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The Oldest Greek Incriptions and the Origins of the Greek Alphabet

Subject and Keywords:

symposion,   aristocracy   aristocratic life-style   Greek banquet   convivial inscriptions   early Greek alphabet   hetaerae   Greek courtisans   drinking games


As far as the early epigraphic material is concerned, the joy of the Methone excavations is that they have brought to light so much new material, but at the same time they seem to confirm many earlier scholarly insights and interpretations. Among other things, the new finds confirm the importance of convivial inscriptions at the earliest attested stage of Greek alphabetization. It is time, then, to ask some general questions about the manner in which such texts were apparently used at symposia. In particular, I focus on the fact that so many examples of earliest Greek vase-inscriptions are first-person utterances ranging from short ownership statements to elaborate poetic compositions. I try to show that to account for the relative frequency of the first-person early vase-inscriptions, we need to visualize the sympotic workings of such utterances but also conceivable sympotic functions of the vessels they adorn. Accordingly, we ought to distinguish between different shapes of vases in order to interpret their inscriptions in a sympotic context. I hope that the results of this inquiry will make it possible for us to shed a new light on the rather early phases of the use of the Greek alphabet and about the mechanisms of its spread among the Greeks at so early a date.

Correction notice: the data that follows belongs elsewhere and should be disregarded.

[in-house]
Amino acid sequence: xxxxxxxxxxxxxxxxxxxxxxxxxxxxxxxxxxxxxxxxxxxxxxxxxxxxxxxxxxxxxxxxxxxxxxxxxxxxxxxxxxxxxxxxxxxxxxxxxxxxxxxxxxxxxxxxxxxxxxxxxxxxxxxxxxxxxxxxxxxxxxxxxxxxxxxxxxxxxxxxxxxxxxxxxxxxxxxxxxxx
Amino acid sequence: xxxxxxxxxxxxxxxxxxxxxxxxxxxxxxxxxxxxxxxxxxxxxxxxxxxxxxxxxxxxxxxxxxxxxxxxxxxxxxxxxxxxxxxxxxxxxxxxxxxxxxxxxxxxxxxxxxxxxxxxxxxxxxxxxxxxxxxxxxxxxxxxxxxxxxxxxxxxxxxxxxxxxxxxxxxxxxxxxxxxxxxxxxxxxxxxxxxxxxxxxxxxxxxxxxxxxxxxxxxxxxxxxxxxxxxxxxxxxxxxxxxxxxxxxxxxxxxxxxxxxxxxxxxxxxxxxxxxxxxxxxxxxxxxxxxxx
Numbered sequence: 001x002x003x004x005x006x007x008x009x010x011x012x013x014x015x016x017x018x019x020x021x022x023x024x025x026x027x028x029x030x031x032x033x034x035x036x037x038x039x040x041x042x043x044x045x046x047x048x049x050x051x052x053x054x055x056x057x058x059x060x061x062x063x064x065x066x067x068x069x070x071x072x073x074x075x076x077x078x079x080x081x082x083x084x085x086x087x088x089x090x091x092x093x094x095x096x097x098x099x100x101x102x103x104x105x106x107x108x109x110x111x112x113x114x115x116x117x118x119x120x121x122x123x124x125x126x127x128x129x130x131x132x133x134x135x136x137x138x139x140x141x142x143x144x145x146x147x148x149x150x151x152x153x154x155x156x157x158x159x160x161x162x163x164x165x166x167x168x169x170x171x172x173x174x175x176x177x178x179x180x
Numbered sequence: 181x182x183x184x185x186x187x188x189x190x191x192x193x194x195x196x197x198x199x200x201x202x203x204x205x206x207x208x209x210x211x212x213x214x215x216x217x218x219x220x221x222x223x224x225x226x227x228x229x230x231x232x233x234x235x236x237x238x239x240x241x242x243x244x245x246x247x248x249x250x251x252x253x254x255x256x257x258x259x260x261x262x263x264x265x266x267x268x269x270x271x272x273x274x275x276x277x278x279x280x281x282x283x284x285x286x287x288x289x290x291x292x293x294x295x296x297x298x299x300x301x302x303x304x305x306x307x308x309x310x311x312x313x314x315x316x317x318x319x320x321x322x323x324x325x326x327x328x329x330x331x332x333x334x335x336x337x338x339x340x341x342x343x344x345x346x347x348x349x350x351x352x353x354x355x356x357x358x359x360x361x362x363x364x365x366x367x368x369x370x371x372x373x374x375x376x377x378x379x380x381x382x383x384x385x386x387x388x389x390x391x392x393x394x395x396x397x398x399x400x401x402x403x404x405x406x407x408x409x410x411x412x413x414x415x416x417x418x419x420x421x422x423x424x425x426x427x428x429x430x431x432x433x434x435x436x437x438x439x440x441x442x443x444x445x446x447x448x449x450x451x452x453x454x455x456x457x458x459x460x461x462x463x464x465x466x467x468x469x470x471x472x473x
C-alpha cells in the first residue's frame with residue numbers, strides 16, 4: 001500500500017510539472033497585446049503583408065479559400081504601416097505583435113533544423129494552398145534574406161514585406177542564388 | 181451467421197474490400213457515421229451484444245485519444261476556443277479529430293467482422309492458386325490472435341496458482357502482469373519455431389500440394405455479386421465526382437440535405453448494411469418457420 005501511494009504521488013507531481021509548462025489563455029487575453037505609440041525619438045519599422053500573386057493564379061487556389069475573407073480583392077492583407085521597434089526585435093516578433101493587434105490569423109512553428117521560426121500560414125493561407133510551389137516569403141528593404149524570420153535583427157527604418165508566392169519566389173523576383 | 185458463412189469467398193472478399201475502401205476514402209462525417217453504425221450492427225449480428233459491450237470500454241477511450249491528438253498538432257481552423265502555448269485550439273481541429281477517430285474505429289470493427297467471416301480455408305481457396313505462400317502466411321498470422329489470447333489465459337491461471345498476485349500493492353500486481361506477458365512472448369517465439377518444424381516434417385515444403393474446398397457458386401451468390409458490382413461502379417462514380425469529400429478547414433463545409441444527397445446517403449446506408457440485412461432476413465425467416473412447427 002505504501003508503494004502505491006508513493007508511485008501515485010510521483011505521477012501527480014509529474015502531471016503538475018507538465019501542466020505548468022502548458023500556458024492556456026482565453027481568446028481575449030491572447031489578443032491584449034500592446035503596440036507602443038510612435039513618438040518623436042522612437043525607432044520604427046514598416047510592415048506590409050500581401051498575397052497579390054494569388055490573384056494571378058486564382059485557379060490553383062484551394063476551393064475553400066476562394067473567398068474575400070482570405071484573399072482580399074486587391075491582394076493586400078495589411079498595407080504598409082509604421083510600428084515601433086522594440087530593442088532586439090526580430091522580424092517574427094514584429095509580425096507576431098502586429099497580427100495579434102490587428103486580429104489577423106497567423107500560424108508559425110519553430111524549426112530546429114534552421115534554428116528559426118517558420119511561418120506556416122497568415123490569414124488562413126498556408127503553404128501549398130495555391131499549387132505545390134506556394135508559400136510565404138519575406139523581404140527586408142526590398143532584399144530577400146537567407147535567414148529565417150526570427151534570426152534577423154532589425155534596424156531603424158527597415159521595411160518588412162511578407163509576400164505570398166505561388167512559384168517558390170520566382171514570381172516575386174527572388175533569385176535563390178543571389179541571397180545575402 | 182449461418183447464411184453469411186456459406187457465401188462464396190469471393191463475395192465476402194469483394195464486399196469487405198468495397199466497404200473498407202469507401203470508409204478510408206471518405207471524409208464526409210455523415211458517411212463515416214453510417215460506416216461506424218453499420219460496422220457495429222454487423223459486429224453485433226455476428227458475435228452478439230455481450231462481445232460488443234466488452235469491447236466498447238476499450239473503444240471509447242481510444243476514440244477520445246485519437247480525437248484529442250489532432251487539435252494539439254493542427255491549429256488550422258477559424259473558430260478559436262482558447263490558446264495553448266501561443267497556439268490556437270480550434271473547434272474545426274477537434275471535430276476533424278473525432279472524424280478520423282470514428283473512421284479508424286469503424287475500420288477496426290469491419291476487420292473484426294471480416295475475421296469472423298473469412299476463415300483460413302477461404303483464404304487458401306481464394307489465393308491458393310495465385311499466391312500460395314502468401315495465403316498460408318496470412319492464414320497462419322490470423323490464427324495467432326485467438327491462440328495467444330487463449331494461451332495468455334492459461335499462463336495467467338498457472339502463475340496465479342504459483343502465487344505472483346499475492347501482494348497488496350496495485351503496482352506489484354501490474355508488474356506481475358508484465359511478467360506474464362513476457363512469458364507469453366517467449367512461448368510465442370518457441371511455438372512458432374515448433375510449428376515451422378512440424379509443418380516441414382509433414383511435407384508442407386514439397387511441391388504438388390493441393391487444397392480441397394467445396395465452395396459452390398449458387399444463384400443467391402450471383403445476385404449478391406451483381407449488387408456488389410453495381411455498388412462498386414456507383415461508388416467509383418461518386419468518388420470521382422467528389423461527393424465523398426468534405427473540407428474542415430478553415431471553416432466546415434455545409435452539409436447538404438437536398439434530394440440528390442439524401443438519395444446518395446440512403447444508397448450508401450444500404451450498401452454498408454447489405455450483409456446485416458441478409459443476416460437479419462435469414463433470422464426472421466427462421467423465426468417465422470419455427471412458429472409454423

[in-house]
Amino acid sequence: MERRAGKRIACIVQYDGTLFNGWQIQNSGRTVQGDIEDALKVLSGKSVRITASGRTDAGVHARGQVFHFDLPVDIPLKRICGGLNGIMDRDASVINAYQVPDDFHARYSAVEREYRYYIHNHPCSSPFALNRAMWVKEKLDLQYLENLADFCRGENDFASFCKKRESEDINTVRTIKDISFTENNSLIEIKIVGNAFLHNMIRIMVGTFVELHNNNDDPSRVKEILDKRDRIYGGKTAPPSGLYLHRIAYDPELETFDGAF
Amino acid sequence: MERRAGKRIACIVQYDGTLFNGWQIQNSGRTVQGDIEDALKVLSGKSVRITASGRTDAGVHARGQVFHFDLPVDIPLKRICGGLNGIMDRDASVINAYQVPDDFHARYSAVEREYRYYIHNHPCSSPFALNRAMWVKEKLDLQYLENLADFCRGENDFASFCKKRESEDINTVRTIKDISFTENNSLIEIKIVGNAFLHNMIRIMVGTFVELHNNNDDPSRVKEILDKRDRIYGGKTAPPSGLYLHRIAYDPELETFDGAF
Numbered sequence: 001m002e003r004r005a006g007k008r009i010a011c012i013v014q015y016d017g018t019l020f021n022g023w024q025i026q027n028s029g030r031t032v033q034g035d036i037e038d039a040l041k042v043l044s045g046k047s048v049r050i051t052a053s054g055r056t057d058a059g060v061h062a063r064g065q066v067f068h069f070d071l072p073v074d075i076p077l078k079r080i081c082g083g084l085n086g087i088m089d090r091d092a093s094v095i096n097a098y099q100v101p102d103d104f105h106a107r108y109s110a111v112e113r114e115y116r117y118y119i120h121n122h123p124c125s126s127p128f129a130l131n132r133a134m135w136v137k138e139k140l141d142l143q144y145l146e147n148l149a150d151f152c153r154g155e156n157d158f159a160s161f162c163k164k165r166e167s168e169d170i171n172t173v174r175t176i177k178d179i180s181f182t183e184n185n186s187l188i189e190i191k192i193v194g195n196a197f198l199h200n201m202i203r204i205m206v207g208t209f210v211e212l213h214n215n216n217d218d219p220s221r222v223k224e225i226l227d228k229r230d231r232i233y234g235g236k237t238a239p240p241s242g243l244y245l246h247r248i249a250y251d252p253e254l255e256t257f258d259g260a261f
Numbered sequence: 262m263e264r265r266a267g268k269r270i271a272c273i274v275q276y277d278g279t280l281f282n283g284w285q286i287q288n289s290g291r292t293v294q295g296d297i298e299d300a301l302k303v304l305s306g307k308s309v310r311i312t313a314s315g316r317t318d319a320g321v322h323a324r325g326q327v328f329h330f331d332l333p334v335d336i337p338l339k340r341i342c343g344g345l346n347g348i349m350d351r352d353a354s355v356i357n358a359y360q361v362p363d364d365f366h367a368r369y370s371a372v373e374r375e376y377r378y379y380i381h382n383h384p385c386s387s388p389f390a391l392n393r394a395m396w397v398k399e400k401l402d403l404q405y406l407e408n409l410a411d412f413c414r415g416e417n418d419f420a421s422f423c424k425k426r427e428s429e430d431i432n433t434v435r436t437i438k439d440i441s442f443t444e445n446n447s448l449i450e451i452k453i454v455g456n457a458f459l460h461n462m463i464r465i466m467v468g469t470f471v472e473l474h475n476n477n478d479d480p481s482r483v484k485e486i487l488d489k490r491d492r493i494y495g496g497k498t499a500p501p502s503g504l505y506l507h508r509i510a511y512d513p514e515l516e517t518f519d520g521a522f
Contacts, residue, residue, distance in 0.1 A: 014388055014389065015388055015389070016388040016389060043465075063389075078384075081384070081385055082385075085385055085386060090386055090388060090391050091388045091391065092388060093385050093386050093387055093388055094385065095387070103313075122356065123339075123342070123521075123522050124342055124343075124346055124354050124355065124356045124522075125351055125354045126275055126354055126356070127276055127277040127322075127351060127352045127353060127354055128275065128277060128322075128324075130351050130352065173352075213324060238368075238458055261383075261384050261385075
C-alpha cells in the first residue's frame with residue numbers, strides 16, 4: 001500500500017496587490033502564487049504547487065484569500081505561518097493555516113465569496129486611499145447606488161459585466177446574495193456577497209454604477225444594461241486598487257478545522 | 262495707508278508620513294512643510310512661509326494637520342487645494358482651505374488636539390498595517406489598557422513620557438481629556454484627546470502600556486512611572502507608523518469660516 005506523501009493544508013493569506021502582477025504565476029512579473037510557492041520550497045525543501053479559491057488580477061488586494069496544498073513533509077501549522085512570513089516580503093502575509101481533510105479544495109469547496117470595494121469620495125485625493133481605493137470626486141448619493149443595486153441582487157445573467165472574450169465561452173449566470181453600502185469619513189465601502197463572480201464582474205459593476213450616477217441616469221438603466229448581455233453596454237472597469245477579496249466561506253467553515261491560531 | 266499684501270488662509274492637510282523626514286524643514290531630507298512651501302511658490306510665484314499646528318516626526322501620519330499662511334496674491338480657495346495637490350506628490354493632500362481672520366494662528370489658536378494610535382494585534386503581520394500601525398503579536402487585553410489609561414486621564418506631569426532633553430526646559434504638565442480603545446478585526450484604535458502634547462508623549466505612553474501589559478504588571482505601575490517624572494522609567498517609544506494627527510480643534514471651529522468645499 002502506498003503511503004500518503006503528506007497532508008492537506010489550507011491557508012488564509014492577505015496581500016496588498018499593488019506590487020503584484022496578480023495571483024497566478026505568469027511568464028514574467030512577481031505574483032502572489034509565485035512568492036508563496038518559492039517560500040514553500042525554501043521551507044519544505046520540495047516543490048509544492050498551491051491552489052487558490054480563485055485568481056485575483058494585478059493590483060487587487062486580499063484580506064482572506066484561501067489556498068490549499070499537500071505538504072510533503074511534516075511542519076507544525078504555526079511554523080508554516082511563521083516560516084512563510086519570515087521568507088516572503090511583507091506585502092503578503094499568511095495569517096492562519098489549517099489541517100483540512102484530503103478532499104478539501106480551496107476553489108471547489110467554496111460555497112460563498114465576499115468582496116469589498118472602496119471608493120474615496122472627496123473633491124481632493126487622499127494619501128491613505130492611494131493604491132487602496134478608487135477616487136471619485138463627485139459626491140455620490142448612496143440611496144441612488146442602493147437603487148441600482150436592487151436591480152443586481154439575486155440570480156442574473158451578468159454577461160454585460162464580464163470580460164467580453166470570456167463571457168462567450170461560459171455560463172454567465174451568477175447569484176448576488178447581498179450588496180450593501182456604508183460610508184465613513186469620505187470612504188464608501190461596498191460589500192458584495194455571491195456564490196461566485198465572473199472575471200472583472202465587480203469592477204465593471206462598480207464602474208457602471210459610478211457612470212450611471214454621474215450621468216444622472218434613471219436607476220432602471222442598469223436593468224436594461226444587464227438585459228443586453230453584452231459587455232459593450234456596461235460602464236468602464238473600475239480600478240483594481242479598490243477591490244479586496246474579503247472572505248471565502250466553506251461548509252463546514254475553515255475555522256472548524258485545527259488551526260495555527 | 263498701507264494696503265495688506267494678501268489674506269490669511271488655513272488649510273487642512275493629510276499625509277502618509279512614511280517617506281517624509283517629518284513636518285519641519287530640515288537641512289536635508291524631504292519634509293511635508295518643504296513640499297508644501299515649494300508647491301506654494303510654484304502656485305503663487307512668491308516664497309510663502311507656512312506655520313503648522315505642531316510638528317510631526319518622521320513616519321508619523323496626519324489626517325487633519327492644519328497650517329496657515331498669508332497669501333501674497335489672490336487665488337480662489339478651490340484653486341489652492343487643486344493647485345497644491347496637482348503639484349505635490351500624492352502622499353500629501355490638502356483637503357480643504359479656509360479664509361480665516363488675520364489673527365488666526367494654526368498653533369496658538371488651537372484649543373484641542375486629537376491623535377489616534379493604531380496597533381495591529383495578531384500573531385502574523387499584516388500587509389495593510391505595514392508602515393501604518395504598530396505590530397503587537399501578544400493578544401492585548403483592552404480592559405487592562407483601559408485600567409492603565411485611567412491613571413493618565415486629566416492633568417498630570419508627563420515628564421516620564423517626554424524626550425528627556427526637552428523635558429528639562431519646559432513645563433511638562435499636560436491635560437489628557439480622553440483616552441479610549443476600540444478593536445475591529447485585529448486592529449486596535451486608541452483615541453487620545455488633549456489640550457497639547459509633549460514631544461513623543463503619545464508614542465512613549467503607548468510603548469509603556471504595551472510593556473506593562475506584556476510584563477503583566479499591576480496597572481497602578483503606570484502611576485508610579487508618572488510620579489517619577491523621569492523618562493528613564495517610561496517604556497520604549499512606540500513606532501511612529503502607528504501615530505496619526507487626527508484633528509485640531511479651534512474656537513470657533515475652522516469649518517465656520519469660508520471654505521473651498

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ISSN 2449–8181




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Copyright by Marek Węcowski